The designated setting or location in which the intervention occurs.
- Business/Work Site: Intervention takes place in businesses or at work sites.
- School: Intervention takes place in schools (excluding child care and day care facilities).
- Child Care Facility: Intervention takes place in pre-K or child care facilities (excluding schools).
- Faith-Based Setting: Intervention takes place in faith-based organization setting or is run by a faith-based organization.
- Community: Intervention takes place in a community setting (excluding health care facilities, schools, businesses, or faith-based settings).
- Pharmacy: Intervention takes place in a pharmacy or is provided by a pharmacist.
- Clinic: Intervention takes place in an outpatient medical clinic.
- Hospital: Intervention takes place in an inpatient hospital facility or emergency department.
- Telehealth: Intervention takes place in a virtual setting through the use of electronic information and telecommunications technologies.
Specific type of intervention or the method of implementation.
- Access to Care: Intervention improves access to health services via healthcare, public health, or other delivery systems.
- Screening: Intervention identifies the health status or behaviors of people to identify risk factors for or the development of a developmental delay, disease or condition.
- Disease Management: Intervention provides education and support to individuals—to manage or control the course of a specified condition—and includes interventions that address treatment adherence.
- Counseling: Intervention provides professional guidance in modifying behaviors to reverse identified disease, disease risk, or risky behaviors. Counseling can be provided one-on-one or in a group setting.
- Education: Intervention helps individuals and communities improve their health or their socioeconomic status by increasing their knowledge, providing them with skills, and/or influencing their attitudes.
- Program: Intervention provides a coordinated and comprehensive health promotion or protection strategy to improve health.
- Point-of-Decision Prompt: Intervention provides prompts at decision points to guide individuals toward healthier choices (e.g., signs near elevators encouraging stair use).
- Financial Incentive/Offset Costs: Intervention offers monetary motivation to encourage health-related behaviors and can include coupons, gift cards, free memberships, and/or travel reimbursement. Examples include smoking-cessation product coupons, gym memberships, gift cards for participating in healthy behavior counseling, etc.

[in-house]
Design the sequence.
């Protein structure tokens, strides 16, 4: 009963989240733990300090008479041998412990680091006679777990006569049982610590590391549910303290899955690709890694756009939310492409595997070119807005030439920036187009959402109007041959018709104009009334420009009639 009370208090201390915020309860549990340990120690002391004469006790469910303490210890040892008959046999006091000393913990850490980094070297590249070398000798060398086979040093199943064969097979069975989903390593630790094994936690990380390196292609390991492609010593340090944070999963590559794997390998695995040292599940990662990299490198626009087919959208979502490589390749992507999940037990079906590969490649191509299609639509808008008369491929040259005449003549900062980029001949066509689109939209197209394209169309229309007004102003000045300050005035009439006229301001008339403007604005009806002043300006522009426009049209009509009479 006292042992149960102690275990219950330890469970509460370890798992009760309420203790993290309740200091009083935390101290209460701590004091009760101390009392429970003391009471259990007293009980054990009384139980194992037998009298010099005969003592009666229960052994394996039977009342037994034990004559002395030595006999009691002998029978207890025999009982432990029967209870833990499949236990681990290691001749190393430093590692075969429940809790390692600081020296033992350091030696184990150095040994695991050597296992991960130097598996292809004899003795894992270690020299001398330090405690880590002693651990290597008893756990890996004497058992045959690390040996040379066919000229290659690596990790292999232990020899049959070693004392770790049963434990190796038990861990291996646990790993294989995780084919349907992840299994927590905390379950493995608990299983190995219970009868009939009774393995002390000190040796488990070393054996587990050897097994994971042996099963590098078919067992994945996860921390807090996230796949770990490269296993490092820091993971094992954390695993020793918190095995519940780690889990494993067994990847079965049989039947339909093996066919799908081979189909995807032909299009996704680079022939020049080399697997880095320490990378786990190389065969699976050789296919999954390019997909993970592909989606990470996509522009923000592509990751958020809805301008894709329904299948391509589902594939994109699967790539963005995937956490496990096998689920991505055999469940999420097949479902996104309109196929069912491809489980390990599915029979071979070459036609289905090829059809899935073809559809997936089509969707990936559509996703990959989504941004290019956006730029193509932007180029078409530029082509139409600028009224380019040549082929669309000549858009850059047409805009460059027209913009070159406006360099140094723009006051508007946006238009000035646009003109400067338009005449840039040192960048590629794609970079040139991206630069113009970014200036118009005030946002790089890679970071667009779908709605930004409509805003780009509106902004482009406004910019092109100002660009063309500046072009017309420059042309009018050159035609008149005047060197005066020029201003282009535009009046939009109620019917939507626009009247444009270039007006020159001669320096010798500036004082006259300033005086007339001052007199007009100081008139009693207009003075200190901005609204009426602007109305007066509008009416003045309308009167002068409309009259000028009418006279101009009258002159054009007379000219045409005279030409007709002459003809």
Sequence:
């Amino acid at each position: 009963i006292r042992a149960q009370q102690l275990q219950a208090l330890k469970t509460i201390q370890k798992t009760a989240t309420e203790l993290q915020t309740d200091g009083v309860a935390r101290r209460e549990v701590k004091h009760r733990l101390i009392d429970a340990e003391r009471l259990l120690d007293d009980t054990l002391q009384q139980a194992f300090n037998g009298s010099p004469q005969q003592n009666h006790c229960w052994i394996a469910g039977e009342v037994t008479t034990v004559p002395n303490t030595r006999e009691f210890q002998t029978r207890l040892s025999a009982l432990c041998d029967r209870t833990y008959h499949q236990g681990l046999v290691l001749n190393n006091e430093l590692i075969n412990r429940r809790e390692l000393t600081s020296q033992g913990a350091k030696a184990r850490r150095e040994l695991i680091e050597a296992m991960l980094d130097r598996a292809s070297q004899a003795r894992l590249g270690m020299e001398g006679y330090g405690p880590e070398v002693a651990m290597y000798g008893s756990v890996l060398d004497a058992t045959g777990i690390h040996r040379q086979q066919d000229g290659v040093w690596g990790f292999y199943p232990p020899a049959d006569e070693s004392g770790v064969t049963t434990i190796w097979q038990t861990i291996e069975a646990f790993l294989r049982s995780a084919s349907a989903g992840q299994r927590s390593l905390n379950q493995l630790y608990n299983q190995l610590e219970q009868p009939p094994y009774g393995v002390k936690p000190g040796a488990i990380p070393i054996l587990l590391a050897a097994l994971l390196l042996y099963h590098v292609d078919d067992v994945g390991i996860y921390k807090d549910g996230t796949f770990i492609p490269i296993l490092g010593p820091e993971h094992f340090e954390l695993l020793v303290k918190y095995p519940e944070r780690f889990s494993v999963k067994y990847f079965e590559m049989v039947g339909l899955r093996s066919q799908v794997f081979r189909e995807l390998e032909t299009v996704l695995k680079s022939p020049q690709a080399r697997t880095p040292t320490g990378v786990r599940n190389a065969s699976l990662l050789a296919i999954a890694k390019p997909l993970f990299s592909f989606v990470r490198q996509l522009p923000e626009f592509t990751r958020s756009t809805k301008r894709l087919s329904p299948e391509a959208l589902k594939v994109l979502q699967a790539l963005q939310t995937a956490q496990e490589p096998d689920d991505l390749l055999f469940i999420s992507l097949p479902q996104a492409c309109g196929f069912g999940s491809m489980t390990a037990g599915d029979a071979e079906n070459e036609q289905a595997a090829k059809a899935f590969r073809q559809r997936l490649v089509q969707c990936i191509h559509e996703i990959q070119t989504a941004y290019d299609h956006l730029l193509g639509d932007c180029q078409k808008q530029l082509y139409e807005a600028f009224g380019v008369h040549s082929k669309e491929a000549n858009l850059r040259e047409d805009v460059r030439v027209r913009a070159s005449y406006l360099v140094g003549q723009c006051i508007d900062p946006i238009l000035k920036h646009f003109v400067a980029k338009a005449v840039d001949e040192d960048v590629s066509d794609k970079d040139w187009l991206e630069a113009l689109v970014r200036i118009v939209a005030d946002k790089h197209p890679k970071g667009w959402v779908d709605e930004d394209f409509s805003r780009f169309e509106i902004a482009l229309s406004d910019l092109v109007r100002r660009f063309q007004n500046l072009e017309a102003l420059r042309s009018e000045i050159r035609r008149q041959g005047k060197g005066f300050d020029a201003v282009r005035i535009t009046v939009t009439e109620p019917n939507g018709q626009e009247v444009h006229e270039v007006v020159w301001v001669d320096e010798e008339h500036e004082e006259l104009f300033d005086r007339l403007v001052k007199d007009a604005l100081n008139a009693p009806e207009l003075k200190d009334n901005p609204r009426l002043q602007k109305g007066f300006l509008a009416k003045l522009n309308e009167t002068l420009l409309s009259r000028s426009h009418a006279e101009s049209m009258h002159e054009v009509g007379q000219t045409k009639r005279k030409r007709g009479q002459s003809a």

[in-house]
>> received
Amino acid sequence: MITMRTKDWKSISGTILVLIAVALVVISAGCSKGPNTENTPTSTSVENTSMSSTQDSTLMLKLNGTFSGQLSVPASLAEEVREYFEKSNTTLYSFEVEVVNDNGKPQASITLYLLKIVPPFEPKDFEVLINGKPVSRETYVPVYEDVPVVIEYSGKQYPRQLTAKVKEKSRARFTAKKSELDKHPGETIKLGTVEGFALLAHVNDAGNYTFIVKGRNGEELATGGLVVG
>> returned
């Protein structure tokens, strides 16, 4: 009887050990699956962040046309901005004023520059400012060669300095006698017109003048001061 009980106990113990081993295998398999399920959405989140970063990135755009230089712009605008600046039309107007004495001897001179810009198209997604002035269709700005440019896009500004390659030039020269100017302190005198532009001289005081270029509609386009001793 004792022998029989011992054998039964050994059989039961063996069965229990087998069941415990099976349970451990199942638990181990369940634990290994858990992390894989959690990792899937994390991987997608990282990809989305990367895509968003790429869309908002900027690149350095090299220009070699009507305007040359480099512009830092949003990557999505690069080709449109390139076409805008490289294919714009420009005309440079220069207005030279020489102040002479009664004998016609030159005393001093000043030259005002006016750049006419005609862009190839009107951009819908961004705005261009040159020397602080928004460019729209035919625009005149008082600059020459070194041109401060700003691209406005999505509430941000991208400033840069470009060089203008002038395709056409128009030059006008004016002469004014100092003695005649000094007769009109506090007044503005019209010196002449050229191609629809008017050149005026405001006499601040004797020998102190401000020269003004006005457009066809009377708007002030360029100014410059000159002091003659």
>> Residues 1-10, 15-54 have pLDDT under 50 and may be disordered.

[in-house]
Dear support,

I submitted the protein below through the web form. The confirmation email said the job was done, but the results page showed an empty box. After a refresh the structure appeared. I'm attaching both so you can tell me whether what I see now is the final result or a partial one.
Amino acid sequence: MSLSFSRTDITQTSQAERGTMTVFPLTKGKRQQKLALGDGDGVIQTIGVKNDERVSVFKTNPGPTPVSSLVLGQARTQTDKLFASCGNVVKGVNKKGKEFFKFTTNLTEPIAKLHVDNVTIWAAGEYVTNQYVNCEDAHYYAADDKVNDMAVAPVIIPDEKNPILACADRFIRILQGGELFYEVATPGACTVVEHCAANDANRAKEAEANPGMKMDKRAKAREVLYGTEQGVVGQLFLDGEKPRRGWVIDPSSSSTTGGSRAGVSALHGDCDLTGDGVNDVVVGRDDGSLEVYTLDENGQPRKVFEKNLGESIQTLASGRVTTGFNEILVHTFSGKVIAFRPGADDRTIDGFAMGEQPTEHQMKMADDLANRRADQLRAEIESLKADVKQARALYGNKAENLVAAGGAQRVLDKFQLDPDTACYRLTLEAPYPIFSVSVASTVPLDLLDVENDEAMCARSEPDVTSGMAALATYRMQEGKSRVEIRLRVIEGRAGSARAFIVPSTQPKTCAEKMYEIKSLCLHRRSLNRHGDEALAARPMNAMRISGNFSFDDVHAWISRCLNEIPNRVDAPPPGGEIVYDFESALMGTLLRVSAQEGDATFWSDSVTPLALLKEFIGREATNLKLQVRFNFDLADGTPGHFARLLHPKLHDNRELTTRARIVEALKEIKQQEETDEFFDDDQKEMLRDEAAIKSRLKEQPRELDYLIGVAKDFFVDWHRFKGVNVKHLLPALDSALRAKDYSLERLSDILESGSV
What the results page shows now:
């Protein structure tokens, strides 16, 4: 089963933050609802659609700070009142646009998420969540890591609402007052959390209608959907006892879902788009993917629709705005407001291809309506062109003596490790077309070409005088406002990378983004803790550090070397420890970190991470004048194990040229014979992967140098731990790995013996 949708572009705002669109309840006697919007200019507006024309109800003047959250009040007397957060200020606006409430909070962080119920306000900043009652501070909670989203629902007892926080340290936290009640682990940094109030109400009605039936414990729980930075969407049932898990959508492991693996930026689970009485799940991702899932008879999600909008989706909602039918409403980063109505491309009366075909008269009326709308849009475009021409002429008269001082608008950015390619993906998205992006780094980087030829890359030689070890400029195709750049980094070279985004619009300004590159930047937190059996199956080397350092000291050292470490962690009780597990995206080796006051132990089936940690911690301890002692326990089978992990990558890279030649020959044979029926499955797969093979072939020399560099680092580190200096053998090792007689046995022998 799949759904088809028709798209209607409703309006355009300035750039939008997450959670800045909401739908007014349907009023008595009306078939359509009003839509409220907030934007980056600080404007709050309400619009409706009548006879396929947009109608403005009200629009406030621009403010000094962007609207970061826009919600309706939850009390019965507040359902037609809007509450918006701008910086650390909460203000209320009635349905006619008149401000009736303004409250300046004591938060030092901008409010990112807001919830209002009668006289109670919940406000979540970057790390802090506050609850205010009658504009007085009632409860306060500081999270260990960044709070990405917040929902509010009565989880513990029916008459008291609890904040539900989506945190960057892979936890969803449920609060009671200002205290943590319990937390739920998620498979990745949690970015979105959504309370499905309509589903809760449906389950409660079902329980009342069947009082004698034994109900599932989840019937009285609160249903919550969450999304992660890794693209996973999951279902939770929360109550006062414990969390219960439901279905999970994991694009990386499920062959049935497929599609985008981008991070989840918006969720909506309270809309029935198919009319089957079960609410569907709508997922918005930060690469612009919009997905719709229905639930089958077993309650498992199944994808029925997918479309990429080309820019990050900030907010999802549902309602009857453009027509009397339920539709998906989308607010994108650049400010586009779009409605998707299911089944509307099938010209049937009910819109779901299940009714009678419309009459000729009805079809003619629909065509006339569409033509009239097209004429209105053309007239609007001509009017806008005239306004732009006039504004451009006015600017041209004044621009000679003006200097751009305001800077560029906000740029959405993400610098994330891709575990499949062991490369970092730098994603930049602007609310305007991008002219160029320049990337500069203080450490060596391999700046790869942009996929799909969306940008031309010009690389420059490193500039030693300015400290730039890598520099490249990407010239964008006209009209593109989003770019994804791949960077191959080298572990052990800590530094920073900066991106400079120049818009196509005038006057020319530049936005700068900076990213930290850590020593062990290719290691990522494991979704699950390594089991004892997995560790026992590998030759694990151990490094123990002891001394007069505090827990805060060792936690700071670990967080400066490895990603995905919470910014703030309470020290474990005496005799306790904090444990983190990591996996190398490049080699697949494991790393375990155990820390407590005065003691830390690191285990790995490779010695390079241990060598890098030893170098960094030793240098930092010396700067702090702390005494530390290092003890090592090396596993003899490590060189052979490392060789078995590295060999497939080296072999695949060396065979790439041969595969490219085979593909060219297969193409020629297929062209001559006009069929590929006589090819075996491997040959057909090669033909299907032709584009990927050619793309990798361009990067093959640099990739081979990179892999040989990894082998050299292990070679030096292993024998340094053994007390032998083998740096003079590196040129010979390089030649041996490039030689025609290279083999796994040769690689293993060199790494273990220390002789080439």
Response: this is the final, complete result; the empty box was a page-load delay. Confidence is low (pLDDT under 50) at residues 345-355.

- Healthy Food/Beverage Provision: Intervention increases access to and education about healthier food and beverage options or reduces access to unhealthy food and beverage options.
- Campaigns: Intervention provides a strategic and organized series of activities to influence health behavior.
- Media/Marketing: Intervention uses marketing principles and/or media, including social media, to influence individual behavior or attitudes. (Source: What is Health Communications.)
- Changing Physical Environment: Intervention modifies the physical environment to promote health and influence health behavior. Examples include refurbishing or creating local parks and planting gardens.
- Policy: Intervention uses changes to laws, regulations, procedures, administrative actions, incentives, and/or voluntary practices of governments and other institutions to improve health-related behaviors. Examples include offering tax credits for bike path construction, and changing school food policies so that they limit availability of or eliminate transfats or foods high in salt.
Assets: People or Organizations
People or organizations essential to supporting, planning, or implementing an intervention.
- Residents/Community Health Workers: People residing in a community and frontline public health workers with a strong understanding of the community they serve. (Source: Community Health Workers .)
- Hospitals/Clinicians/Healthcare Workers: Institutions qualified in the clinical practice of medicine or licensed professionals (e.g., in the fields of medicine, psychiatry, pharmacology, or psychology) providing care in a clinical setting (excluding community health workers).
- Payors/Insurers: Organizations that provide financial coverage of, or reimbursement for, health care services.
- Health Department/Public Health Officials: Federal, state, tribal, or local governmental public health departments or staffers.
- Policymakers/Local Council Members: People or organizations responsible for defining and enforcing local government policies (i.e., city council members, local school boards, elected officials).
- Local Businesses/Nonprofit Organizations: Local organizations and businesses that may or may not seek to make a profit.
- Voluntary Associations: Associations or organizations that are volunteer driven, are not-for-profit or have tax-exempt status (e.g., Rotary clubs, health coalitions and regional collaboratives).
- Researchers/Evaluators: Individuals, institutions, or organizations that engage in research and/or evaluation.
Assets: Physical or Virtual Space
Locations—real or virtual—key to the implementation of the intervention.
- Local Institutions: Businesses, schools, or other organizations that provide physical or virtual space.
- Parks/Community Common Space: An area of land set aside for public use (private land and spaces were excluded), or indoor space made available for public use.
- Website/Community Listserv: Virtual space made available for public use, used as an information source or communication tool.
- Media: Radio/TV/Print: Traditional means of mass communication, excluding virtual or internet communication.
- Transportation: Public or private means of transportation, or transportation supports (e.g., bus routes, bike paths, and direct transportation).
- Housing Development/Urban Planning: The design of housing, land, or transportation to promote healthy behaviors and lifestyles.